The data, released by Action on Salt, shows the saltiest takeaway main (beef in black bean sauce and vegetable noodles) contained a staggering 11.5 grams of salt—the equivalent of five Big Macs.
This amount of salt is reaching near-acute toxic levels.
According to the NHS, adults should not consume more than 6 grams of salt a day.
In terms of ready meals, the saltiest Chinese dish was Slimming World’s Chinese banquet rice, with 4.4 grams of salt per 550-gram pack—that’s more than two store-bought Pizza Express margherita pizzas.
As a result of the findings, whose publication coincide with Salt Awareness Week (12 – 15 March), Action on Salt is calling on Public Health England to take immediate action and resuscitate the UK salt reduction programme, including setting new salt targets, making front of packet labelling mandatory, and follow the lead of the New York City Board of Health, which requires chain restaurants to put warning labels on high salt dishes.
The campaign group says every one-gram reduction in salt intake prevents 7,000 deaths, 4,000 of which are premature, from strokes and heart disease.
Too much salt can raise blood pressure, which increases the risk of serious health problems.
Mhairi Brown, assistant nutritionist at World Action on Salt & Health, said: ‘If Public Health England is serious about protecting our health, they should consider following the lead of the New York City Board of Health, which requires chain restaurants to put warning labels on high salt dishes, or Chile’s Ministry of Health, which places warning labels on all high salt, sugar and saturated fat products sold in supermarkets.’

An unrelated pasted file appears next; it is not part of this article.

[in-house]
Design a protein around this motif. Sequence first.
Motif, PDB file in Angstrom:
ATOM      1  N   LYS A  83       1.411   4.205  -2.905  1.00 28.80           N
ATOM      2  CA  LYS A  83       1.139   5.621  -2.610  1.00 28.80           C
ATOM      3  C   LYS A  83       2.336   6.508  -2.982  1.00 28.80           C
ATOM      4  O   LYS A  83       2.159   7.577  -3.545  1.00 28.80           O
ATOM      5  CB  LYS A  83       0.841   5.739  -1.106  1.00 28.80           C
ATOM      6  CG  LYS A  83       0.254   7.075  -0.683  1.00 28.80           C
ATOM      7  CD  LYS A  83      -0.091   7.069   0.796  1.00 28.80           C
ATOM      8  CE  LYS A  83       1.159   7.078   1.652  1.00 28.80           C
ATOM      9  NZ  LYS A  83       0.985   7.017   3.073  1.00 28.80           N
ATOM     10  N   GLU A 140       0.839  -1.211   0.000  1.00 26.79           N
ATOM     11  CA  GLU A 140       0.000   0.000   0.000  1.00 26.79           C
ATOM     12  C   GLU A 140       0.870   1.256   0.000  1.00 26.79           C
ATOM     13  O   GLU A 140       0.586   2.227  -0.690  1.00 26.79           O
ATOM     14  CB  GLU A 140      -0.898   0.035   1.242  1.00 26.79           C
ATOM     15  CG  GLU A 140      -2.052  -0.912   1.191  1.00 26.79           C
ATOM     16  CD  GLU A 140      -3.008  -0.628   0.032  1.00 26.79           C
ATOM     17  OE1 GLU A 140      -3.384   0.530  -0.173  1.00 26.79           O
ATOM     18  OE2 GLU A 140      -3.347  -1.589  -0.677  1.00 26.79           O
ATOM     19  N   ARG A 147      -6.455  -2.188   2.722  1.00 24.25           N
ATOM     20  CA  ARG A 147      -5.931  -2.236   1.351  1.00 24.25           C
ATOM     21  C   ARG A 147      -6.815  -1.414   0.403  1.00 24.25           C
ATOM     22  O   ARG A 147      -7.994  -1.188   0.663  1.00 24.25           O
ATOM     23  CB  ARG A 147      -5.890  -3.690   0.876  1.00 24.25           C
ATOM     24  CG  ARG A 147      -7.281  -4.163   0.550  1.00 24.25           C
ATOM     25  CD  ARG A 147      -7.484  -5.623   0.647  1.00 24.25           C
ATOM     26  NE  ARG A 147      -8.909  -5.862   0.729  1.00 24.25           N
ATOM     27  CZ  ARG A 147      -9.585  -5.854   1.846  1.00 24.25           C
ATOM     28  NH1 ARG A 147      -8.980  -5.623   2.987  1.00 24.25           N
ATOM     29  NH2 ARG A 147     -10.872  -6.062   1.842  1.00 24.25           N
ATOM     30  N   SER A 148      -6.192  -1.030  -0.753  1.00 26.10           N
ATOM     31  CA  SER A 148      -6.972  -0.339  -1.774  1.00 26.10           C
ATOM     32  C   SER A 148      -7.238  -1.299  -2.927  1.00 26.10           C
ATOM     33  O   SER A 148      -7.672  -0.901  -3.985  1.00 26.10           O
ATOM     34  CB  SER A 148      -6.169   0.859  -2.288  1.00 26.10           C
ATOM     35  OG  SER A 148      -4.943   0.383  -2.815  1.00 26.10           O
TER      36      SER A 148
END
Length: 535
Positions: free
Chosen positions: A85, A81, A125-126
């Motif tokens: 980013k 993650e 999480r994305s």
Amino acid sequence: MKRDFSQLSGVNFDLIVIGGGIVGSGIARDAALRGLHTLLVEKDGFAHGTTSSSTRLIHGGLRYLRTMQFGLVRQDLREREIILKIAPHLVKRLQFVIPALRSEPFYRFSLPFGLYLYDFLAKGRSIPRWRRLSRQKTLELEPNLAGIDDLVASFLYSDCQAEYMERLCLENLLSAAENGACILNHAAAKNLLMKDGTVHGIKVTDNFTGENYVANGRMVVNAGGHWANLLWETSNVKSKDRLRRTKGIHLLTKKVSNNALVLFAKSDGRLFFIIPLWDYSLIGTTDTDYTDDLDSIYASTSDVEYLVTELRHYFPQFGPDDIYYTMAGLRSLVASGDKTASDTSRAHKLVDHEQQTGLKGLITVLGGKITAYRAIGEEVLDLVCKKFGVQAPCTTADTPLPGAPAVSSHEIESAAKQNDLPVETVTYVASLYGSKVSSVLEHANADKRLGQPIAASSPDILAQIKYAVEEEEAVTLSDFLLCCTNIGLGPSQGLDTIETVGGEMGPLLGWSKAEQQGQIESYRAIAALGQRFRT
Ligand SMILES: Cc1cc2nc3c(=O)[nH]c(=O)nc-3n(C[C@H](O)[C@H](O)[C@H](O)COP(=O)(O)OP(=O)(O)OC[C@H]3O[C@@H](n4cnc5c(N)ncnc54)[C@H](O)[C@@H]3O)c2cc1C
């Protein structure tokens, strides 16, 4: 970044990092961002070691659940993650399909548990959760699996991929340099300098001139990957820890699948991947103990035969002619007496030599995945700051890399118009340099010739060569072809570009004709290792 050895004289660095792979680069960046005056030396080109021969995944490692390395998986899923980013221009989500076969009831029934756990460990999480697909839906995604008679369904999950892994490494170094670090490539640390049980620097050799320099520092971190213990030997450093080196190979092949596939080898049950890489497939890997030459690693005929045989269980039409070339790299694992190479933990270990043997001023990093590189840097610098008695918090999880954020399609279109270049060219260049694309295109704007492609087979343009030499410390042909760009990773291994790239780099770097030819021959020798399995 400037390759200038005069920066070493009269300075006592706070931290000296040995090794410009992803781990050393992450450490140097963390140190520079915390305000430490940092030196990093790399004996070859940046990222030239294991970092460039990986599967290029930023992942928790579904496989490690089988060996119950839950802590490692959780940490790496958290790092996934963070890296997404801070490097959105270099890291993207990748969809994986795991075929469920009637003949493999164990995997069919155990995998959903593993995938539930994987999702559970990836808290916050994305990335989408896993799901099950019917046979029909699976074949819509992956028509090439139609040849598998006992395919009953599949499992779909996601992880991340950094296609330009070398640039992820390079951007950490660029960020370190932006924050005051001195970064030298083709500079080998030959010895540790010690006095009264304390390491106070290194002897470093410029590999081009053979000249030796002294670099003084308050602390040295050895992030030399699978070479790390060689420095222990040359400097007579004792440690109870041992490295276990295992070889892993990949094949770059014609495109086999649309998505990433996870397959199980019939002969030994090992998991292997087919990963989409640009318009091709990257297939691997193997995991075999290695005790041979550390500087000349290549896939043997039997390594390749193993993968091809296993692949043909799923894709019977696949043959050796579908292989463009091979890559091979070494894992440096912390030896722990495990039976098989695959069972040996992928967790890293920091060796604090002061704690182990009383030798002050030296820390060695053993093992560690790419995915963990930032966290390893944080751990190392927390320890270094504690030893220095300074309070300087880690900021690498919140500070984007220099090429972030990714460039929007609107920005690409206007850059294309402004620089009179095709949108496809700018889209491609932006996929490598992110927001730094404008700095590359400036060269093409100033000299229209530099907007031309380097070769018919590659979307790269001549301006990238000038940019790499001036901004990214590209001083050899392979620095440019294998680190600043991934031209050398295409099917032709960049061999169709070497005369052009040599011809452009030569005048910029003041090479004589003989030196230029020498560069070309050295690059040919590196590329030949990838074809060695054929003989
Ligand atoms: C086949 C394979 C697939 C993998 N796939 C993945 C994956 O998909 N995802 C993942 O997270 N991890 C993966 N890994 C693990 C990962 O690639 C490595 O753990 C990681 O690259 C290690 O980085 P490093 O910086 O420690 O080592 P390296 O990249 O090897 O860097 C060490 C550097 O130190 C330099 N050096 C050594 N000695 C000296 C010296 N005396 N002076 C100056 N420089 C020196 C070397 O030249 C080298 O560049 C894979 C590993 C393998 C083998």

Sonia Pombo, campaign manager at Action on Salt, said: ‘Our data shows that food can be easily reformulated with lower levels of salt, so why haven’t all companies acted responsibly?
‘The lack of front-of-pack colour coded labelling on branded products makes it incredibly difficult for consumers to make healthier choices and that is simply unacceptable.
‘This week, as part of Salt Awareness Week, we are asking everyone, including the food industry, to think first and use less salt.’
Sarah Alderton, assistant nutritionist at Action on Salt, said: ‘Considering how many millions of takeaways and ready meals are eaten in the UK each week, the food industry must be held to account, with new salt targets set by the government to ensure the salt content of these meals is reduced to much lower levels, and fast.
She added: ‘If the food industry doesn’t comply, they should be made mandatory.’
Public Health England’s chief nutritionist, Dr Alison Tedstone, told the BBC a loaf of bread had 40 percent less salt than it used to.
But she admitted some household products were still too high in salt.
She said: ‘We’ve been very clear with the food industry on the importance of meeting the 2017 salt targets.
‘We’ll report on their progress this year and on any necessary advice to government on the next steps.’